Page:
Today, this week's MVP, Joe McCulloch, is here with his usual guide to the Week in Comics, exploring the most interesting-sounding comics new to stores. He writes a bit about Kevin Huizenga's Ganges, too.
Broadly, Ganges is the story of a man, Glenn Ganges, who wants to go to sleep, but cannot. But it's also about remembering days in the past and flashing forward to days in the future, about processing history through video games and capturing conflict in art, about reading books and also the recollection of having read books, and the myriad alternate realities we warp our minds into while attempting to navigate the present. In an essay I wrote for the Drawn and Quarterly 25th anniversay book -- where I think I brought a real sense of gravitas to pgs. 380-382 -- I suggested that the core of Huizenga's work is in the interaction of the conscious and subconscious; not as a latent characteristic of the comics form, but as an explicit and literal visual/narrative focus, as a means of communicating the process of ascertainment. In this way, he continues the work of Chris Ware, though Huizenga's emphasis falls less on plumbing the mindset of his characters than riding with them as they encounter the coexistence of the natural and the artificial, the superstitious and the scientific - never at Manichean odds, but observed in states of coexistence.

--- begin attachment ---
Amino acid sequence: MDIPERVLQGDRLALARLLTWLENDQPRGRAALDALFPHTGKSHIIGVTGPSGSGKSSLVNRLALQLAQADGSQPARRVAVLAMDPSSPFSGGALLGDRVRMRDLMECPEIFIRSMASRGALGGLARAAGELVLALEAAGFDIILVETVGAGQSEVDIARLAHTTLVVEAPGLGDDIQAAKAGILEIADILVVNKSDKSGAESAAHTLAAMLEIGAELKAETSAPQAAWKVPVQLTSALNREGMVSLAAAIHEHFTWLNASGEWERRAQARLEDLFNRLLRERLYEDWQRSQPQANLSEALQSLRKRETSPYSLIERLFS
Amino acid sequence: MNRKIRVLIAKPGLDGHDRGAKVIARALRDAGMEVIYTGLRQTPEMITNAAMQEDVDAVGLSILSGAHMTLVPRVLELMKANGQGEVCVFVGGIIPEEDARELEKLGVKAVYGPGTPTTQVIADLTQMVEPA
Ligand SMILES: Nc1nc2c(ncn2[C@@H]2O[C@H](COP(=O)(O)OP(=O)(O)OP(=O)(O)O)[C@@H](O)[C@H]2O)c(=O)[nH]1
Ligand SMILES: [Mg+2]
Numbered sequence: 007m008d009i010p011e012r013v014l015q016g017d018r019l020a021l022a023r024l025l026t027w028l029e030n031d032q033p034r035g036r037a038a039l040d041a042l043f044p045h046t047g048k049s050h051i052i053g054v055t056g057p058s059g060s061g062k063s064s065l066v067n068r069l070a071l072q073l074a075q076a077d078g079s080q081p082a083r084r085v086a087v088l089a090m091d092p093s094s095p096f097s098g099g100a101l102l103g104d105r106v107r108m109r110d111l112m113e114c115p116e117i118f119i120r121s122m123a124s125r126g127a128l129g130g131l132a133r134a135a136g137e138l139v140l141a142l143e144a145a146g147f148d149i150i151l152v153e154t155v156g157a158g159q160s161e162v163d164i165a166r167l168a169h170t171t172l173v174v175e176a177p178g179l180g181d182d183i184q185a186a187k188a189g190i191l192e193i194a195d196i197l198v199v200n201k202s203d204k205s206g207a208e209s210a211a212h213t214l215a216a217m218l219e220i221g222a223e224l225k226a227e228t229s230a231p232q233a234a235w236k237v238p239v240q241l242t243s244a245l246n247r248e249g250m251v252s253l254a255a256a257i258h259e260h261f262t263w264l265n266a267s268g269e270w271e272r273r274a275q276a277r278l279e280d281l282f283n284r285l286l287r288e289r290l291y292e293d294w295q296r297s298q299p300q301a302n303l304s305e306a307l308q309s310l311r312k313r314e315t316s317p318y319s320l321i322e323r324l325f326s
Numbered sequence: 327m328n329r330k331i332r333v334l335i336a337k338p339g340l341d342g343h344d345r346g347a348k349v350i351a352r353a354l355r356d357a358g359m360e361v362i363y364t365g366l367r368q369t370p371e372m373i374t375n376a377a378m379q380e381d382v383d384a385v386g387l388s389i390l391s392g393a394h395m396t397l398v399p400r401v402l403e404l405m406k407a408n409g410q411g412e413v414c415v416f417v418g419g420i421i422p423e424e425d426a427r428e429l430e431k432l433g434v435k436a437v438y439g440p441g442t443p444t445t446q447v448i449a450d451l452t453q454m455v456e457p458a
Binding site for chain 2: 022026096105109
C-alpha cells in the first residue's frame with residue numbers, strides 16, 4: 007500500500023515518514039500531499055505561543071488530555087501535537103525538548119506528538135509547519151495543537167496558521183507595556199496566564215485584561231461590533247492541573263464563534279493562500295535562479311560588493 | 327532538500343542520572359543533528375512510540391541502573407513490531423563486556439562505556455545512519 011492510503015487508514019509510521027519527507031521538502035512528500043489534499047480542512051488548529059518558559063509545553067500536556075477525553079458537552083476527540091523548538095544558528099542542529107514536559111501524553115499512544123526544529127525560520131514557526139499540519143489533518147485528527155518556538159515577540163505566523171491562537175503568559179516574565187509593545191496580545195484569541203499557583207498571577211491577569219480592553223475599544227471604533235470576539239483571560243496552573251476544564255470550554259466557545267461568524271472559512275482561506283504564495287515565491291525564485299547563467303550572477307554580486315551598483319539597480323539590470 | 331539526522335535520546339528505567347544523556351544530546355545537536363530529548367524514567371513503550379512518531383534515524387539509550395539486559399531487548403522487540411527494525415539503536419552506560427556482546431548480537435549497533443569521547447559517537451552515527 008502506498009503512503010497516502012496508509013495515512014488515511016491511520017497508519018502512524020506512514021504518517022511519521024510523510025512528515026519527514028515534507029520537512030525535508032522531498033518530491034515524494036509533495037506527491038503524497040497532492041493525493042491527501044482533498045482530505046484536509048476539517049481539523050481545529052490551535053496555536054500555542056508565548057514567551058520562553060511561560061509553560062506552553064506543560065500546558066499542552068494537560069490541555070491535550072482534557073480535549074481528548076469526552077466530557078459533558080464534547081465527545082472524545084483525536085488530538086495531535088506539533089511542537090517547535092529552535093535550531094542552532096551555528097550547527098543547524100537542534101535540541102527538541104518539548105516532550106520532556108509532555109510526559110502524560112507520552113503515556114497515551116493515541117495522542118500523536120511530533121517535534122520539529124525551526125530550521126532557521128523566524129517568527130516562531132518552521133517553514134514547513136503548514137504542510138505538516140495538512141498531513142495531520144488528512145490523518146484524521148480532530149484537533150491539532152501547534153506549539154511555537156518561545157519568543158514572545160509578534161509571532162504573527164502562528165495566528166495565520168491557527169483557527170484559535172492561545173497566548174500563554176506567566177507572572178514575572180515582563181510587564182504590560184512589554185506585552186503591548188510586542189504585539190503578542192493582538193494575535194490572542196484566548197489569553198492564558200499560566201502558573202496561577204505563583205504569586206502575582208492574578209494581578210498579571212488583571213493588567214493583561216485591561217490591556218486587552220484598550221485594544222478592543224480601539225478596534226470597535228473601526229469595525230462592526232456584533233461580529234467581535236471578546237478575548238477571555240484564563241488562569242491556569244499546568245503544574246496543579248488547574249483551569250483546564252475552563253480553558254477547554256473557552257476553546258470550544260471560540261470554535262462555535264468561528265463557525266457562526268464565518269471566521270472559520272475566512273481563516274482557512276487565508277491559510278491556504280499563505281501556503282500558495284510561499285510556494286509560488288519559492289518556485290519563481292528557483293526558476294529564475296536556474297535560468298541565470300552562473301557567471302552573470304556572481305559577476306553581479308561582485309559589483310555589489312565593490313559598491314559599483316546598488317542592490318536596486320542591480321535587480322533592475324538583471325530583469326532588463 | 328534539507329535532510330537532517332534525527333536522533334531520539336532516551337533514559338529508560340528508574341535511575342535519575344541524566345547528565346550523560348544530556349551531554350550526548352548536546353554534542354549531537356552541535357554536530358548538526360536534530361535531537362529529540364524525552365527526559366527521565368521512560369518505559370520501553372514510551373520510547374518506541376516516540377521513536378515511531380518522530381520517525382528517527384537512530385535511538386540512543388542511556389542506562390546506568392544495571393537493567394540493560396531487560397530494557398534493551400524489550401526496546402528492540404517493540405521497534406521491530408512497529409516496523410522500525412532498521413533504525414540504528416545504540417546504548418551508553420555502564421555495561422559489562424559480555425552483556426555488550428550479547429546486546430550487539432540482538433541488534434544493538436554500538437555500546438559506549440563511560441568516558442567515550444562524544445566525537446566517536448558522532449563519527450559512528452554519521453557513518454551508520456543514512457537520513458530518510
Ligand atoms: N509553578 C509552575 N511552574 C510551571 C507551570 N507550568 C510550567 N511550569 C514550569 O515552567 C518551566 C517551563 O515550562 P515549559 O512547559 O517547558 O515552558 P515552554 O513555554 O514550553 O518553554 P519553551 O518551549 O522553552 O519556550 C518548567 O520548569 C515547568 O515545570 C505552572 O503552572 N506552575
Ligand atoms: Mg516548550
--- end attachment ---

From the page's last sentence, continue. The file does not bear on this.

—Alvin Buenaventura. Daniel Clowes and Jonathan Barli have written posts in memory of the publisher. Those who usually avoid the comments may want to make an exception for our obituary of Buenaventura.
—News. Playboy has reportedly decided to stop publishing cartoons. Obviously in recent years (or should I say decades?) the magazine hasn't been a major part of the cultural conversation, but it was one of only two major American magazines to still prominently feature cartoons and pay well for them, and was a home to artists from Gahan Wilson to Jack Cole to Harvey Kurtzman and Will Elder.
—Reviews & Commentary. Bob Temuka writes about Love & Rockets #8.
It would be so easy for them to just do more and more stories about Luba and Maggie, and just tell stories of these weird and wonderful women, and their fabulous friends and family, and just focus on that. Building up a body of work like that, creating a small and personal mythology, is a worthy goal in life.
Or, you could do what the brothers do best, and go wherever their whims take them, with goofy, energetic and slightly disturbing new stories that are as good as any of their classic work, while still making room for catching up with old friends.
Domingos Isabelinho writes about connections between conceptual art and comics.
Matthias Wivel writes about Daniel Clowes's Patience, which came out early in Denmark.
Rachel Cooke reviews Stéphane Heuet's adaptation of Proust.
In an illuminating introduction to his translation, [Arthur] Goldhammer suggests that those who know and love the novel are likely to regard Heuet’s adaptation as “a piano reduction of an orchestral score”; he writes convincingly of the way the ruthless compression of the comic strip form sheds a “revealing light on the book’s armature, on the columns, pillars, and arches that support the narrator’s resurrected memories as the columns of the church in Combray support the stained glass and tapestries that transport visitors into the past they represent”. As for those who, like me, don’t know the novel, this strikes me as a good and gentle place to start.